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Think You Can Design a Better Climate Change Poster?

Our friends at the Canary Project have recently launched a new initiative, called Green Patriot Posters. Taking inspiration from posters during...

Our friends at the Canary Project have recently launched a new initiative, called Green Patriot Posters. Taking inspiration from posters during WWII promoting conservation of materials for use in the war effort, they're asking Americans both famous (Michael Beirut, DJ Spooky) and regular (you and me) to submit posters encouraging conservation and environmentalism now.You can submit your own on the site (see some below) and other users can vote on their favorites. Big vote-getters and other favorites will be distributed through a variety of channels. Michael Beirut's first entries-calling for more posters and for the creation of green-collar jobs-were plastered all over buses in Cleveland.


Check it out. Perhaps you have a cool poster idea that will end up being seen by millions.
Articles
via David Leavitt / Twitter and RealTargetTori / Twitter

Last Friday, GOOD reported on an infuriating incident that went down at a Massachusetts Target.

A Target manager who's come to be known as "Target Tori," was harassed by Twitter troll David Leavitt for not selling him an $89 Oral-B Pro 5000 toothbrush for a penny.

He describes himself as a "multimedia journalist who has worked for CBS, AXS, Yahoo, and others."

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Communities
via David Leavitt / Twitter

Anyone who has ever worked in retail knows that the worst thing about the job, right after the pay, are the unreasonable cheapskates who "want to talk to your manager" to get some money off an item.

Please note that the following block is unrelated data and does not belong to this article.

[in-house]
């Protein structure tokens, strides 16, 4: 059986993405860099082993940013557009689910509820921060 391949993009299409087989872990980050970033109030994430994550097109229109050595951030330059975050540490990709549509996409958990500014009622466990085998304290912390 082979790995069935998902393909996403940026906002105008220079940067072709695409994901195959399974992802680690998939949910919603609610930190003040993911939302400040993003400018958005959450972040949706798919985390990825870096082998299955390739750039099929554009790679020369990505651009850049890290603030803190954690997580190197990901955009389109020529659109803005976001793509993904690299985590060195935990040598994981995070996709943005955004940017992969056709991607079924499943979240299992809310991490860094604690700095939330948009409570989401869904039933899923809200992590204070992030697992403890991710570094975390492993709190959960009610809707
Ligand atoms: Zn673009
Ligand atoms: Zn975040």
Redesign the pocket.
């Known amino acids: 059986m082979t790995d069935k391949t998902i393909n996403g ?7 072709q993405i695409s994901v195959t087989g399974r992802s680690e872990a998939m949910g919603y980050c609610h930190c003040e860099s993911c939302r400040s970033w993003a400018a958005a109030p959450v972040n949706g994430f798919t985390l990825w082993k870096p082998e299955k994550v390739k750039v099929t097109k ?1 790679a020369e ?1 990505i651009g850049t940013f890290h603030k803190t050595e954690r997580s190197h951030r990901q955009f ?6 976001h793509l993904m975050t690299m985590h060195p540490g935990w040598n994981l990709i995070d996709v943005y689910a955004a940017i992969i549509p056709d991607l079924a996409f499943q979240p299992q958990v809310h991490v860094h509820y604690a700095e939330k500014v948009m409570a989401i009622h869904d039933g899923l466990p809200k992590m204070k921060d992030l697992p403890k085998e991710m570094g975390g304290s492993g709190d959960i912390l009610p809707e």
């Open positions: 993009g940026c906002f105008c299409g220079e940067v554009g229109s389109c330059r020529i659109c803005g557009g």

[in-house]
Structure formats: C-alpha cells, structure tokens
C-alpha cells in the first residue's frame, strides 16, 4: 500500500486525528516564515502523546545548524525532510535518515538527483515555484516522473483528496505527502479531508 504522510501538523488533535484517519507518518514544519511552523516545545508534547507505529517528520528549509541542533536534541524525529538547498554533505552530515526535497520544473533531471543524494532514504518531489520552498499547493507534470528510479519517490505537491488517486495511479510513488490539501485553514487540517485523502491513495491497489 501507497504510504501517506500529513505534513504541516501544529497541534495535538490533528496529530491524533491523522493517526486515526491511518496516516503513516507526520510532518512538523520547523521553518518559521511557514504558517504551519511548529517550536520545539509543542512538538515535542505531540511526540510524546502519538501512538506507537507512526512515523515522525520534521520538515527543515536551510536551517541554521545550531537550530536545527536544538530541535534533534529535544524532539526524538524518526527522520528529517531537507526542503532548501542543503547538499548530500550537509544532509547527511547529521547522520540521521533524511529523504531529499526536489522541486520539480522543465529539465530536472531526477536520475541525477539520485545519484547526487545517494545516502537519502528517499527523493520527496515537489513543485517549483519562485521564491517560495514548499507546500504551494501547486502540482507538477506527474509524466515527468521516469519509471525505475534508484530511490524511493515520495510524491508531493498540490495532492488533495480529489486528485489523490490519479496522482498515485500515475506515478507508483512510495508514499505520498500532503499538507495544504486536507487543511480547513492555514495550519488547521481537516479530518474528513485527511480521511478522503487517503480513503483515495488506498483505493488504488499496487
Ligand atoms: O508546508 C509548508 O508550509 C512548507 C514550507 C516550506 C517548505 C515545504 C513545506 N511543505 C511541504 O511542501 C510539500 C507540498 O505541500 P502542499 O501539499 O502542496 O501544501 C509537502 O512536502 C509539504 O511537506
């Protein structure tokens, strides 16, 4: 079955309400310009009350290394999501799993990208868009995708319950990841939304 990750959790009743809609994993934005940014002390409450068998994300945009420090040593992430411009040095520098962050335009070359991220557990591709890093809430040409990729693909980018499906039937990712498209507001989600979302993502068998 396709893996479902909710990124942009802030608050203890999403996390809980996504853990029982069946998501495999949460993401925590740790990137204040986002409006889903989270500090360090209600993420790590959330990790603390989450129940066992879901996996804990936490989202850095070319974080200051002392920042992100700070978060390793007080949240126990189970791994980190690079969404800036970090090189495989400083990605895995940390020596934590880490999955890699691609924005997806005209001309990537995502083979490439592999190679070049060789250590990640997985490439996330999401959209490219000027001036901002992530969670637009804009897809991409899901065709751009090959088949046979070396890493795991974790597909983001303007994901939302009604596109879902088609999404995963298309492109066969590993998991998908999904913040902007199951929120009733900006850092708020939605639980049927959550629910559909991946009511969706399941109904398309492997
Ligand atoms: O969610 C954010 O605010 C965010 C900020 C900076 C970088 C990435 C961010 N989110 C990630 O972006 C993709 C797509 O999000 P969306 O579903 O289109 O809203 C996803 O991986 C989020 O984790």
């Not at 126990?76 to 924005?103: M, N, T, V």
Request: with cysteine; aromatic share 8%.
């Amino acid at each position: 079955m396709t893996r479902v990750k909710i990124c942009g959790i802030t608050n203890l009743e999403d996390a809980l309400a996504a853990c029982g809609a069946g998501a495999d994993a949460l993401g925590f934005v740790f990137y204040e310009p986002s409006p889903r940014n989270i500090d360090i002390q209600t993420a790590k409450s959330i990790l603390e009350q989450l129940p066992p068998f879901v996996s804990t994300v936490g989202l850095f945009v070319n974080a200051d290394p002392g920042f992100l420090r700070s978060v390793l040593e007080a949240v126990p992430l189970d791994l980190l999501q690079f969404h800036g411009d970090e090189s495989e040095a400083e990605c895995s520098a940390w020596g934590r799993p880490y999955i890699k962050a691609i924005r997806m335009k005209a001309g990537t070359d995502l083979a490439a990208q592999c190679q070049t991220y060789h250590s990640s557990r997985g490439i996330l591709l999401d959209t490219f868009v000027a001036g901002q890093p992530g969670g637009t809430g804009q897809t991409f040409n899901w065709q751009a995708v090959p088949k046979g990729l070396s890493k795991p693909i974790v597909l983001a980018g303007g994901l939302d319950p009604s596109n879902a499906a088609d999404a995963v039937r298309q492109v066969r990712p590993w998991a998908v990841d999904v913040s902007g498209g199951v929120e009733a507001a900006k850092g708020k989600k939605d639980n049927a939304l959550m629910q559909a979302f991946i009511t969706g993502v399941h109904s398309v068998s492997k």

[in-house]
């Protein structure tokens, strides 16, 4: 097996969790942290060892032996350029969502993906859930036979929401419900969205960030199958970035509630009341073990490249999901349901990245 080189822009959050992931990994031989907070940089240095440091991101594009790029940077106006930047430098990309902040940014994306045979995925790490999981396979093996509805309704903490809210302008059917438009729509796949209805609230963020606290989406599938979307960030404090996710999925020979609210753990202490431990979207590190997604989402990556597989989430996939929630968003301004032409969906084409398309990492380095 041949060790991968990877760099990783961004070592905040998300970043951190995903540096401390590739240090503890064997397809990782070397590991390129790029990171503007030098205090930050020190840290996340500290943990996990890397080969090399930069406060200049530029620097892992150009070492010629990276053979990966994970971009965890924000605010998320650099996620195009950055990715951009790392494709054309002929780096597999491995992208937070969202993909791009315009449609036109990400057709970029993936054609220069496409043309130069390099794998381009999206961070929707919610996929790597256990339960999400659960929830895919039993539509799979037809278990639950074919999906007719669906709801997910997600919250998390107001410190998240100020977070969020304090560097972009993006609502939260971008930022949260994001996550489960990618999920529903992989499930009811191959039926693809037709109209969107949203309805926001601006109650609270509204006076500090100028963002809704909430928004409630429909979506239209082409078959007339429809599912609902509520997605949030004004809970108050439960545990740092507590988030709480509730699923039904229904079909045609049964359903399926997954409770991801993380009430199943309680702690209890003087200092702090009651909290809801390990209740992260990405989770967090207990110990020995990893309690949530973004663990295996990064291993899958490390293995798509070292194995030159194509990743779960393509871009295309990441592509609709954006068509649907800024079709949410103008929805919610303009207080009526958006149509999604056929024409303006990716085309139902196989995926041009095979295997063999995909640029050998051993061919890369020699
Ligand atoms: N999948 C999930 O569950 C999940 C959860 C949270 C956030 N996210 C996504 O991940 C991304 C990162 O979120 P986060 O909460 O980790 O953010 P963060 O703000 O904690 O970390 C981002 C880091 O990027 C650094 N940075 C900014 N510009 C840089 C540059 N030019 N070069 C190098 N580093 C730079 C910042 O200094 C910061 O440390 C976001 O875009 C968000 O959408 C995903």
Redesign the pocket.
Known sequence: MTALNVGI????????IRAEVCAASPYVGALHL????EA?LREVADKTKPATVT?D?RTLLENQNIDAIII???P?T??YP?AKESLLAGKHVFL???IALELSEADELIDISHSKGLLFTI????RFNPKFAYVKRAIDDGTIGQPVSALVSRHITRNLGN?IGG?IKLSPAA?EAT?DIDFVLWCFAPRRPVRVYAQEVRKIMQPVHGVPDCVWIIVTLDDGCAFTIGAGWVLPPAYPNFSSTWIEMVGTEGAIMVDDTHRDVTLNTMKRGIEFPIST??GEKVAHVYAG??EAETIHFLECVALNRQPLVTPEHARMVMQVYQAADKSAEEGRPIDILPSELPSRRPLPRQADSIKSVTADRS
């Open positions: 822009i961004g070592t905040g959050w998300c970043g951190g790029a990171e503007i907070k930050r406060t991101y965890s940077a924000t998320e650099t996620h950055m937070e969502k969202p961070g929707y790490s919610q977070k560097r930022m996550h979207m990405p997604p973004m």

They think that throwing a tantrum will save them a few bucks and don't care if they completely embarrass themselves in the process. Sometimes that involves belittling the poor employee who's just trying to get through their day with an ounce of dignity.

Twitter is rallying around a gal named Tori who works at a Target in Massachusetts after she was tweet-shamed by irate chapekate, journalist, and Twitter troll, David Leavitt.

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Business
via Haldean Brown / Flickr

In a typical work day, people who smoke take more breaks than those who do not. Every few hours they pop outside to have a smoke and usually take a coworker with them.

Don Bryden, Managing director at KCJ Training and Employment Solutions in Swindon, England, thinks that nonsmokers and smokers should be treated equally, so he's giving those who refrain from smoking four extra days to compensate.

Funny enough, Bryden is a smoker himself.

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Health